The firms in this category have taken the worst the recession could throw at them and adapted, reorganised and kept on growing. The winner even doubled its staff …
Sponsored by Hill International
“Lakehouse offers everything you’d want from a modern day contractor,” said the judges of this £69m-turnover company. Indeed, as far as the obligation that firms are now under to take an ethical approach to business goes, Lakehouse ticks all of the boxes. It demonstrated a commitment to sustainability in its award-winning fire station for the London Fire Brigade and the Lowther Primary School in the London borough of Richmond (pictured) was awarded a BREEAM “excellent” rating. At the same time it prides itself on its understanding and caring approach to its staff and the community, as evidenced in its £80,000 investment in management training at its Lakehouse Academy, the employment of a culture and development manager, the instigation of more than 80 NVQs among its staff, its emphasis on developing women as part of its workforce, its £200,000 investment in community development, the fact it recruited 24 new trainees this year and that 96 of its employees were involved in volunteer initiatives. If that list is not enough to convince you, perhaps the fact that it doubled turnover in 2009 and increased its head count from 132 to 264 will.
United House has operated in the South-east’s social housing market for more than 40 years. Over this period it has created a varied range of living spaces while maintaining a cordial approach to those it does business with (a major factor in its being highly commended). Good client relations – mainly with local authorities in this case – is hard to come by in the litigious construction industry. “They tend to be constructive first and deal with the politics later,” said Camden council. Its London schemes include Queensbridge Quarter in the borough of Hackney, designed by Levitt Bernstein, and Frobisher Crescent in the centre of the Barbican estate.
Hill celebrated its 10th anniversary this year, and used it as the occasion to implement a plan to grow turnover from £100m to £250m by 2012. Although it will still be able to compete in this category when it reaches this size, it will be a very different firm if the changes it has started implementing are anything to go by. It has increased staff numbers, moved into new headquarters, entered the private rental, office and primary care sectors, increased its landbank to £12m and secured its largest ever forward order book. It has also secured new clients and taken on work of greater size and complexity. Watch this space.
It’s never easy being a medium-sized contractor, particularly in a recession – you’re too big for niche work and too small for megaprojects. Even work within your reach is being snatched away by larger predator bidding at suicidally low levels. But Linford has defied adversity by focusing on three specialist areas: affordable housing and extra care facilities, housing for the super-rich and restoration. And although it may be of medium size, it does not produce average work. “Quality can’t be done on the cheap,” it says, a sentiment that looks set fair to secure its long-term future.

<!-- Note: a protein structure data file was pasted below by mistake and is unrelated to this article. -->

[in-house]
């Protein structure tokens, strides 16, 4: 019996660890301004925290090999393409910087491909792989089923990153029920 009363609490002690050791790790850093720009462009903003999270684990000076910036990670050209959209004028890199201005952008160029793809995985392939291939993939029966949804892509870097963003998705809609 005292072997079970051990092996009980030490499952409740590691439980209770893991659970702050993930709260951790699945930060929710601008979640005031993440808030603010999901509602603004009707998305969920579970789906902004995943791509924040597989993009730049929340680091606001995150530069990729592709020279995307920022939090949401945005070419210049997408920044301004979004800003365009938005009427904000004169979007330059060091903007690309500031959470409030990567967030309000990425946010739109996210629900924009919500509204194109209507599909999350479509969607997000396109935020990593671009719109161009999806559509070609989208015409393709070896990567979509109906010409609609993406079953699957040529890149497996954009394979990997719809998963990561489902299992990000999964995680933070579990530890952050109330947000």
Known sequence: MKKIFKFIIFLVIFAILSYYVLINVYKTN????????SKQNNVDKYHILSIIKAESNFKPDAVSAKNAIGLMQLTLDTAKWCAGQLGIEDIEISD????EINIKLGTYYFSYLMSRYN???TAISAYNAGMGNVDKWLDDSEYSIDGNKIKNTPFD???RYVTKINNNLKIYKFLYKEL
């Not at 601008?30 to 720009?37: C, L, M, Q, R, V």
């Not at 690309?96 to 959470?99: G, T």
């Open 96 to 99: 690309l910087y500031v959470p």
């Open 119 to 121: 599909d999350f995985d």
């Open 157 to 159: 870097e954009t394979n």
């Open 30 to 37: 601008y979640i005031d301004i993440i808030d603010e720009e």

Without a doubt, Longcross’ most outstanding achievement of the year has been the implementation of its rapid and successful diversification strategy. Although it did not neglect its core sector – retail – the schemes it worked on this year included a refurbishment project at the Victoria & Albert Museum, and another in the accident and emergency department of St Mary’s Hospital in London. Its job for Tesco this year was an excellent examples of sustainable design, and it implemented a radical cost saving solution in its work for Sainsbury’s.
“I have nothing but praise for the work of Mace Plus on this project,” said the principal of St Mary Magdalene Academy in north London, which was handed over this year and won the British Council for School Environments’ award for inspiring design. “The quality of work and attention to detail has been of the highest order and its willingness to help us has gone beyond anything I’ve ever experienced.” The words of this very satisfied client sum up everything that secured this five-year-old firm a place on this year’s shortlist.
Shaylor Group has gone from strength to strength in recent times, despite difficult trading conditions all around it, perhaps because it has continued to invest in its people. While other companies cut staff, Shaylor went on a recruitment drive, and invested in new offices for its interiors business. Clearly this strategy worked, as it increased profit by 13% and turnover by 32%. Among others, its clients include the Ministry of Justice, The Royal Orthopaedic Hospital and the BBC Pension Trust.